18

I want to sort my ArrayList using a boolean type. Basically i want to show entries with true first. Here is my code below:

Abc.java

public class Abc {
 int id;
 bool isClickable;

 Abc(int i, boolean isCl){
    this.id = i;
    this.isClickable = iCl;
 }
 }

Main.java

List<Abc> abc = new ArrayList<Abc>();

//add entries here

//now sort them
Collections.sort(abc, new Comparator<Abc>(){
        @Override
        public int compare(Abc abc1, Abc abc2){

            boolean b1 = abc1.isClickable;
            boolean b2 = abc2.isClickable;

            if (b1 == !b2){
                return 1;
            }
            if (!b1 == b2){
                return -1;
            }
            return 0;
        }
    });

Order before sorting: true true true false false false false true false false

Order after sorting: false false true true true true false false false false

  • 2
    if they are == return 0. If they are !=, then use 1 or -1 based on whether the first one is true or false. – Hovercraft Full Of Eels Jan 17 '15 at 17:46
  • 2
    Your second if condition will never evaluate to true. It is synonymous with the first one. – 5gon12eder Jan 17 '15 at 17:47
  • you need to define the sort you need, is it involved with the id? – roeygol Jan 17 '15 at 17:50
31

Another way to go is:

Collections.sort(abc, new Comparator<Abc>() {
        @Override
        public int compare(Abc abc1, Abc abc2) {
            return Boolean.compare(abc2.isClickable,abc1.isClickable);
        }
    });
  • 6
    Just a comment on this: Boolean.compare requires API level 19 if your app supports lower levels you should use the other replies, otherwise this is good for API 19 and above. – ziniestro Apr 6 '17 at 5:15
  • For descending order, I'd probably go for -Boolean.compare(abc1.isClickable,abc2.isClickable) instead. Switching the order of abc1 and abc2 seems really easy to miss, leading one to think the method is just sorting in ascending order. – Dukeling Jan 5 '18 at 10:38
16

In this case one of the easiest solutions is to convert booleans to integers, where false is 0 and true is 1. Then return the difference of the second one and the first one.

So:

        int b1 = abc1.isClickable ? 1 : 0;
        int b2 = abc2.isClickable ? 1 : 0;

        return b2 - b1

should do it.

11

why dont use something like this, its easier and java 8

listOfABCElements = {true, false, false, true, true};
listOfABCElements.stream().sorted(Comparator.comparing(Abc::isClickable,Comparator.reverseOrder()).collect(Collectors.toList());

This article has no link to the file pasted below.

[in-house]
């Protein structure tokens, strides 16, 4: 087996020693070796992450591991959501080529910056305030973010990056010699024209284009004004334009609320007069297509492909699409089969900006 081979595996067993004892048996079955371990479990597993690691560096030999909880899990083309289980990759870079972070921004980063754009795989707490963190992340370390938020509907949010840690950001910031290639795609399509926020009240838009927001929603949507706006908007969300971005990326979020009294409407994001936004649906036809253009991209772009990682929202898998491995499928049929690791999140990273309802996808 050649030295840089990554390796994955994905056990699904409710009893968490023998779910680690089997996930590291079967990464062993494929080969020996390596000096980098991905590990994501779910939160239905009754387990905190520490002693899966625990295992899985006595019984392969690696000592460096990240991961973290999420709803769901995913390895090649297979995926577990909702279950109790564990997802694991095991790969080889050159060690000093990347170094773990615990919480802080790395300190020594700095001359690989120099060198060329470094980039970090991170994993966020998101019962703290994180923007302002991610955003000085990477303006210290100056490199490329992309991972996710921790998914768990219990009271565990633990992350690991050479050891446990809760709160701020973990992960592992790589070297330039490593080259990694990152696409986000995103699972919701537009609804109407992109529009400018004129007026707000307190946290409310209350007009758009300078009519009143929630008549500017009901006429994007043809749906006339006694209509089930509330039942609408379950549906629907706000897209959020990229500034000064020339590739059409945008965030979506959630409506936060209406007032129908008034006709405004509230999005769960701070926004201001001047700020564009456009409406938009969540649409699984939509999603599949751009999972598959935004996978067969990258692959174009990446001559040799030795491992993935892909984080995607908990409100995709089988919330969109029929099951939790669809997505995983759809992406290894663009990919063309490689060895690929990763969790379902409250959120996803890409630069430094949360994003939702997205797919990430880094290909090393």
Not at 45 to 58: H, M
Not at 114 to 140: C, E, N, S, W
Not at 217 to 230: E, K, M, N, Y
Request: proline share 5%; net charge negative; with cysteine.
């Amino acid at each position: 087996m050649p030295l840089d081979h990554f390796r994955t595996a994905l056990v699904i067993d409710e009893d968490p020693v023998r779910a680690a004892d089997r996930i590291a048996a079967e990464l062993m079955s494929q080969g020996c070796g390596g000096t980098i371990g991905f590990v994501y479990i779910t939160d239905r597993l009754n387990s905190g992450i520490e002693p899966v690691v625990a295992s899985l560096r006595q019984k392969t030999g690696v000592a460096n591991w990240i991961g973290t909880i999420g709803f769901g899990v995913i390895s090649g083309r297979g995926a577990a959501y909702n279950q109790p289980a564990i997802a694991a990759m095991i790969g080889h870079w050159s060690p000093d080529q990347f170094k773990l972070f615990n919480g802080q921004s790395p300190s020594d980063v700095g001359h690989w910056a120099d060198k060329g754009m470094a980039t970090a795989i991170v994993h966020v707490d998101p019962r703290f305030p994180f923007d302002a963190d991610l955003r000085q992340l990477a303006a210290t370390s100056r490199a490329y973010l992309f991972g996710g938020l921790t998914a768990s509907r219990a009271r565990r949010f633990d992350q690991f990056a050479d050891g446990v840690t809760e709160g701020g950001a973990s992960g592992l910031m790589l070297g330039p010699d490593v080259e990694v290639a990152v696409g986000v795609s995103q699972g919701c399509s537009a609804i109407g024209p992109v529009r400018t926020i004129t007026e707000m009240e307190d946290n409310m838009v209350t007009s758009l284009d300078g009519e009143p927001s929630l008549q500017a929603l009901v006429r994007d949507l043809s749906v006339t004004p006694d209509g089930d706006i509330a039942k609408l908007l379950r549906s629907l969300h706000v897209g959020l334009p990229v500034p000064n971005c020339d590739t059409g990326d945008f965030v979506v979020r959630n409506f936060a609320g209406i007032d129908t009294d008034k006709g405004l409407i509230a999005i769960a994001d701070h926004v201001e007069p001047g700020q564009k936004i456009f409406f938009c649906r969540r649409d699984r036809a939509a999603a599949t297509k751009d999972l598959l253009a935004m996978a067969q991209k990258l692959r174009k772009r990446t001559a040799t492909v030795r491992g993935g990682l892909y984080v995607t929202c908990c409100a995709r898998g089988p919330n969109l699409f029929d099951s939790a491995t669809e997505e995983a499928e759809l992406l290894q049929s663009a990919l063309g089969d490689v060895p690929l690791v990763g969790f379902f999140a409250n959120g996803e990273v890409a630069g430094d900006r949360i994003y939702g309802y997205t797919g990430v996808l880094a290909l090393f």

output: true,true,true,false,false

reverseOrder is for order first true and after false, in other case falses goes first

listOfABCElements.stream().sorted(Comparator.comparing(Abc::isClickable).collect(Collectors.toList());

output: false,false,true,true,true

9

I want the items with true value to appear first. My solution would be:

Collections.sort(m_mall, new Comparator<Mall>(){

        @Override
        public int compare(Mall mall1, Mall mall2){

            boolean b1 = mall1.isClickable;
            boolean b2 = mall2.isClickable;

            return (b1 != b2) ? (b1) ? -1 : 1 : 0;
        }
    });
  • 1
    never do things like if (someboolean == true) it's a code smell and is equivalent to if (someboolean) – soulcheck Jan 17 '15 at 17:57
  • 2
    the second nested if (if (b1 == false) {) could be replaced with just return 1;. – Holloway Jan 17 '15 at 18:02
  • 1
    You're both right and the body of the outer if can be replaced with return b1 ? -1 : 1; :D – Tom Jan 17 '15 at 18:08
  • the whole if logic can be replaced with something like return (b1 != b2) ? (b1) ? -1 : 1 : 0; – SolidSnake Oct 16 '17 at 4:39
  • and sadly, now the readability of the code is very low with too much optimization – Touhidul Islam Apr 18 at 15:15
3

A simple suggestion would be to use the object Boolean instead of boolean and use Collections.sort.

However, you must know that the false will be before the true because true are represented as 1 and false as 0. But then, you could just change your algorithm and access in reverse order.

Edit : As soulscheck stated, you could use Collections.reverseOrder to revert the ordering imposed by the Comparator.

2

Java 8:

 Collections.sort(abc, (abc1, abc2) ->
                  Boolean.compare(abc2.isClickable(), abc1.isClickable()));
2

It is also possible that way.

myList.sort((a, b) -> Boolean.compare(a.isSn_Principal(), b.isSn_Principal()));

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